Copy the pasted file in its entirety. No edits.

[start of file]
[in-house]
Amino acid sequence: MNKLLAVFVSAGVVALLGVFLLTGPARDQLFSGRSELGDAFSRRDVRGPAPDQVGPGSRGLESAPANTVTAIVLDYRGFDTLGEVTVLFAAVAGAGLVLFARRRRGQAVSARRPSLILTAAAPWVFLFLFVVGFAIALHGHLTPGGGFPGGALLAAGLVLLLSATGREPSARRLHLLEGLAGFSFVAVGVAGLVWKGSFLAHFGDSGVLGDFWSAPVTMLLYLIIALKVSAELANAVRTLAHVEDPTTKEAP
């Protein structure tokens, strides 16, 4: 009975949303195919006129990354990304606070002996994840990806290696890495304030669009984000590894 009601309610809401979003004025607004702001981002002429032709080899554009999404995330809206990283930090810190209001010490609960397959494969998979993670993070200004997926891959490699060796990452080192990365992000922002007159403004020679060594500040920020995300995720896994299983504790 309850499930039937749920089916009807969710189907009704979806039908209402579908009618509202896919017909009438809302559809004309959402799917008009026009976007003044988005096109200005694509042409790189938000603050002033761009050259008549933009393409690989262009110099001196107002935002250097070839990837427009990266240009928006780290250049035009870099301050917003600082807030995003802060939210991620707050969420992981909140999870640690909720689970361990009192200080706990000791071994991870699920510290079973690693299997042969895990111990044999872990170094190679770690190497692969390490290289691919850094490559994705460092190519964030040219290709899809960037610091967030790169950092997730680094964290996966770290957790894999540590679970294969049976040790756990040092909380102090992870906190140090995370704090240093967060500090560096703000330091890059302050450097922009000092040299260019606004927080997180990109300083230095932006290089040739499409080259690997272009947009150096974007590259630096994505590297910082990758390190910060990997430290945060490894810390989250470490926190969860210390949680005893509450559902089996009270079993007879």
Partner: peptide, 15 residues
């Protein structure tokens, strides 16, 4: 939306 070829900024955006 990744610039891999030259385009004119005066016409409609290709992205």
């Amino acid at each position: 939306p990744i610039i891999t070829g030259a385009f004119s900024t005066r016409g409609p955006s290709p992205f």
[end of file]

[in-house]
Amino acid sequence: MNKLLAVFVSAGVVALLGVFLLTGPARDQLFSGRSELGDAFSRRDVRGPAPDQVGPGSRGLESAPANTVTAIVLDYRGFDTLGEVTVLFAAVAGAGLVLFARRRRGQAVSARRPSLILTAAAPWVFLFLFVVGFAIALHGHLTPGGGFPGGALLAAGLVLLLSATGREPSARRLHLLEGLAGFSFVAVGVAGLVWKGSFLAHFGDSGVLGDFWSAPVTMLLYLIIALKVSAELANAVRTLAHVEDPTTKEAP
């Protein structure tokens, strides 16, 4: 009975949303195919006129990354990304606070002996994840990806290696890495304030669009984000590894 009601309610809401979003004025607004702001981002002429032709080899554009999404995330809206990283930090810190209001010490609960397959494969998979993670993070200004997926891959490699060796990452080192990365992000922002007159403004020679060594500040920020995300995720896994299983504790 309850499930039937749920089916009807969710189907009704979806039908209402579908009618509202896919017909009438809302559809004309959402799917008009026009976007003044988005096109200005694509042409790189938000603050002033761009050259008549933009393409690989262009110099001196107002935002250097070839990837427009990266240009928006780290250049035009870099301050917003600082807030995003802060939210991620707050969420992981909140999870640690909720689970361990009192200080706990000791071994991870699920510290079973690693299997042969895990111990044999872990170094190679770690190497692969390490290289691919850094490559994705460092190519964030040219290709899809960037610091967030790169950092997730680094964290996966770290957790894999540590679970294969049976040790756990040092909380102090992870906190140090995370704090240093967060500090560096703000330091890059302050450097922009000092040299260019606004927080997180990109300083230095932006290089040739499409080259690997272009947009150096974007590259630096994505590297910082990758390190910060990997430290945060490894810390989250470490926190969860210390949680005893509450559902089996009270079993007879």
Partner: peptide, 15 residues
């Protein structure tokens, strides 16, 4: 939306 070829900024955006 990744610039891999030259385009004119005066016409409609290709992205």
């Amino acid at each position: 939306p990744i610039i891999t070829g030259a385009f004119s900024t005066r016409g409609p955006s290709p992205f």